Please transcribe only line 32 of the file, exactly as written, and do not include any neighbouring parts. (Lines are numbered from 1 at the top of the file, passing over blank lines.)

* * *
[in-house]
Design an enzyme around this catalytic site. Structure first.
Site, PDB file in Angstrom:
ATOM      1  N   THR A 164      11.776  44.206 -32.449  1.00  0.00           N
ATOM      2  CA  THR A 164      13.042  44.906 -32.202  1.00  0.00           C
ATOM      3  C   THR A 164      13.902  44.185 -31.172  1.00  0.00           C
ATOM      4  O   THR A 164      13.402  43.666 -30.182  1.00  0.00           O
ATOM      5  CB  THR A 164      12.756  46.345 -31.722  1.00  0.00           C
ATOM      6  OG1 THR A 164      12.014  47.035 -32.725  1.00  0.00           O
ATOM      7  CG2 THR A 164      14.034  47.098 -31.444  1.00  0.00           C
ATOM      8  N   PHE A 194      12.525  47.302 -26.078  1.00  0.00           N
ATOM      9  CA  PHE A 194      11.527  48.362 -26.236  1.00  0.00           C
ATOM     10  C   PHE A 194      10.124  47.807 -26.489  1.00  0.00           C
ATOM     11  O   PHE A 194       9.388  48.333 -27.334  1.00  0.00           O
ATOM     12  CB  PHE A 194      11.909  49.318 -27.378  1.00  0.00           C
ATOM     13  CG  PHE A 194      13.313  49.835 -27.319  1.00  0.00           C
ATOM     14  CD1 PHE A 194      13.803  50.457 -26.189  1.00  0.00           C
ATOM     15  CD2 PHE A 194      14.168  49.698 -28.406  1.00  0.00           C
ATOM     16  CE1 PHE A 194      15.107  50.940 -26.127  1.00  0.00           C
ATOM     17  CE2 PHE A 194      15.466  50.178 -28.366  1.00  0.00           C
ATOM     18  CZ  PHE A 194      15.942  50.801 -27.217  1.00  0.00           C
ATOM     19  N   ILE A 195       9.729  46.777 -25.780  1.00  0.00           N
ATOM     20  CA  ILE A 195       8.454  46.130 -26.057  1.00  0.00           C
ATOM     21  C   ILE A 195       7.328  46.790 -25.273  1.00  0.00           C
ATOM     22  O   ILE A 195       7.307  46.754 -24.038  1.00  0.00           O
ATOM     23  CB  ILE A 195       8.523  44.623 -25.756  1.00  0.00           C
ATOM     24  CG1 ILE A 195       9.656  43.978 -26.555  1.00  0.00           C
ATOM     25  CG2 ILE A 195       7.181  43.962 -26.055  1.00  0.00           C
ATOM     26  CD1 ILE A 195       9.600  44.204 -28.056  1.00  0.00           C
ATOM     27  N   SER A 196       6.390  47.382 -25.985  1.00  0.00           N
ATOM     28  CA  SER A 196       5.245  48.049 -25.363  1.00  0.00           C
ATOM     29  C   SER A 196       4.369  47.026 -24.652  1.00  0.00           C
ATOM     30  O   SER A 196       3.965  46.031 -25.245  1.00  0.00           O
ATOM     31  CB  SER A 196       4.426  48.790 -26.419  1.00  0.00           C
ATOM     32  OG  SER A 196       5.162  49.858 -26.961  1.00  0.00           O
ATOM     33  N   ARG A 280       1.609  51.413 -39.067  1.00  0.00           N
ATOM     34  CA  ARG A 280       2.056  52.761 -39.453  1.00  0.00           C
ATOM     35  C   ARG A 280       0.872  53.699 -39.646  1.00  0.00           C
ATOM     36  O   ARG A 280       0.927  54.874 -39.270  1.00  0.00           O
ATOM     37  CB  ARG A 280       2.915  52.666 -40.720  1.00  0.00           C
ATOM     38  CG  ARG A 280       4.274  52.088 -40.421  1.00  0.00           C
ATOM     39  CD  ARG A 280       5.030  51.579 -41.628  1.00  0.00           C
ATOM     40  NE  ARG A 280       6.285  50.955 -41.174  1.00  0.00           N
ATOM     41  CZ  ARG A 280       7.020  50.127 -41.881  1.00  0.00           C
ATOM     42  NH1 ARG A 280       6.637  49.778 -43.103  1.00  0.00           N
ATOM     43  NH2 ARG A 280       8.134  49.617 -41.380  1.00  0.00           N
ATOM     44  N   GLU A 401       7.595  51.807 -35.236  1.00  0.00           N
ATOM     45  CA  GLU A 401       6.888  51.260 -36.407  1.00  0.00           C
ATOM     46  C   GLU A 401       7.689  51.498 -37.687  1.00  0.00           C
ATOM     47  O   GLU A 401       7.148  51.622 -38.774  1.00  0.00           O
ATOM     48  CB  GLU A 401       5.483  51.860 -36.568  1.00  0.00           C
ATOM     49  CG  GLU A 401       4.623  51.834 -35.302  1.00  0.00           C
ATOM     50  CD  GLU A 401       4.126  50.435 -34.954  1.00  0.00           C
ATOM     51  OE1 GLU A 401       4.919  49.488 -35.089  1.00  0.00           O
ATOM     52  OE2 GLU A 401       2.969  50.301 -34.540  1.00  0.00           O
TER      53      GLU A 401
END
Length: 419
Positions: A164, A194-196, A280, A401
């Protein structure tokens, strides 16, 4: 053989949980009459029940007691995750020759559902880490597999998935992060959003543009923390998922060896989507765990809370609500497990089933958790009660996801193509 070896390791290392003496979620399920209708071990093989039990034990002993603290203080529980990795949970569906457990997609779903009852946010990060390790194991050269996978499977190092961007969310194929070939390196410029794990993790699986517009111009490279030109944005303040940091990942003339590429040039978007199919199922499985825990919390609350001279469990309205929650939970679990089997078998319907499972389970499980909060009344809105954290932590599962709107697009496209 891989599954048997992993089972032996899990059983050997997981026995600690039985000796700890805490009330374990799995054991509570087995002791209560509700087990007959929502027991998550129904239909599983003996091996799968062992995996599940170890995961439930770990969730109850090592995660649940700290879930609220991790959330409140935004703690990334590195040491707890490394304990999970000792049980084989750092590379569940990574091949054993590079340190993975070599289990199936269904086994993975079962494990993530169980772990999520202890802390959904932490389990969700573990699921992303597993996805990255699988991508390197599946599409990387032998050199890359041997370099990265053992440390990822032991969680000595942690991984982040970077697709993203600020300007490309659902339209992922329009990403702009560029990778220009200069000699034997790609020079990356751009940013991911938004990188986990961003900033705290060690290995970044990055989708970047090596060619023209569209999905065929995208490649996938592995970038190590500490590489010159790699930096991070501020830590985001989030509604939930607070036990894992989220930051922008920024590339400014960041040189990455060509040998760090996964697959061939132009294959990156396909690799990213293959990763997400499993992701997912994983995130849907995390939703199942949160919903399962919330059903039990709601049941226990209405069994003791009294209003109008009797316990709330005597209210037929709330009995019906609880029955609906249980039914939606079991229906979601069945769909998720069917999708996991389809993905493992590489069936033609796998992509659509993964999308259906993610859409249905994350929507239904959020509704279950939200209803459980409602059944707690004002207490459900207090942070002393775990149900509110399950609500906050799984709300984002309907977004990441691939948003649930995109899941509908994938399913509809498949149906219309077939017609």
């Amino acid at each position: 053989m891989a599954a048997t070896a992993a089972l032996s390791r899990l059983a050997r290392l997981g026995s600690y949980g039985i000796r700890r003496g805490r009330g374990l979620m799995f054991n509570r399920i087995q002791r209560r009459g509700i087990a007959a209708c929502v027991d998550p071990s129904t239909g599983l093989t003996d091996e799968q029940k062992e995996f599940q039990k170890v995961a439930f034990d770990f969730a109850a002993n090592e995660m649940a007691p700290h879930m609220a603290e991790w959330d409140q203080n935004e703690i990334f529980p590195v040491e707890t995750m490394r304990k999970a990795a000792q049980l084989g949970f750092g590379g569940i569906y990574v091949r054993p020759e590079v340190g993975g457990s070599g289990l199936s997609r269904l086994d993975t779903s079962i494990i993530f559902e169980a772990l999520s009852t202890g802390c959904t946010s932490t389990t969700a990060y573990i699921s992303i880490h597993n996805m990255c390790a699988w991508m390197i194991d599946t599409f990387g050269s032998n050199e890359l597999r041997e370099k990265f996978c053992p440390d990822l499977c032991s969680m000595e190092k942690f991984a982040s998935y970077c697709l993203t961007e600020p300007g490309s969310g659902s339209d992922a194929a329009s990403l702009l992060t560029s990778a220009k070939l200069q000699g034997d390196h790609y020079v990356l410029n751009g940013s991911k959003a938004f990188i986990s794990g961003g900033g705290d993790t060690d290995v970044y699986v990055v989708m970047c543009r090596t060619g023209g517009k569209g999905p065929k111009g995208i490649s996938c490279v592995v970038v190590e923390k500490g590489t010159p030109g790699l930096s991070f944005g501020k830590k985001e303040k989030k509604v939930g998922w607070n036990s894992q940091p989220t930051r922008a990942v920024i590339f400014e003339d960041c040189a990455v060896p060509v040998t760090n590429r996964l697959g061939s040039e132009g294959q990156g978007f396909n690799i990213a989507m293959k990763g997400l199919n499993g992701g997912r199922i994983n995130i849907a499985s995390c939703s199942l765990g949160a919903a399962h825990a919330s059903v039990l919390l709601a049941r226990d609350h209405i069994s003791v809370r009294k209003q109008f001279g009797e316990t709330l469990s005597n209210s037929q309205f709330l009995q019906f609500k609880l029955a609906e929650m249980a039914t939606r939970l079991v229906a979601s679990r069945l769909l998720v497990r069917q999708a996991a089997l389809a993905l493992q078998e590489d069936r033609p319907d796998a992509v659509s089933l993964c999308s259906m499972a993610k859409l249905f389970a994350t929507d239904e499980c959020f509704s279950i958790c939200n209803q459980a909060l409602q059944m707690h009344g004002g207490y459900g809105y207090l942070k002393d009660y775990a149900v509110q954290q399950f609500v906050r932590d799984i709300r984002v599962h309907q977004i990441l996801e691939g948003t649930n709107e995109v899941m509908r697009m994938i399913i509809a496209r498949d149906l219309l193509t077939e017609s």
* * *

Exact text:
ATOM     29  C   SER A 196       4.369  47.026 -24.652  1.00  0.00           C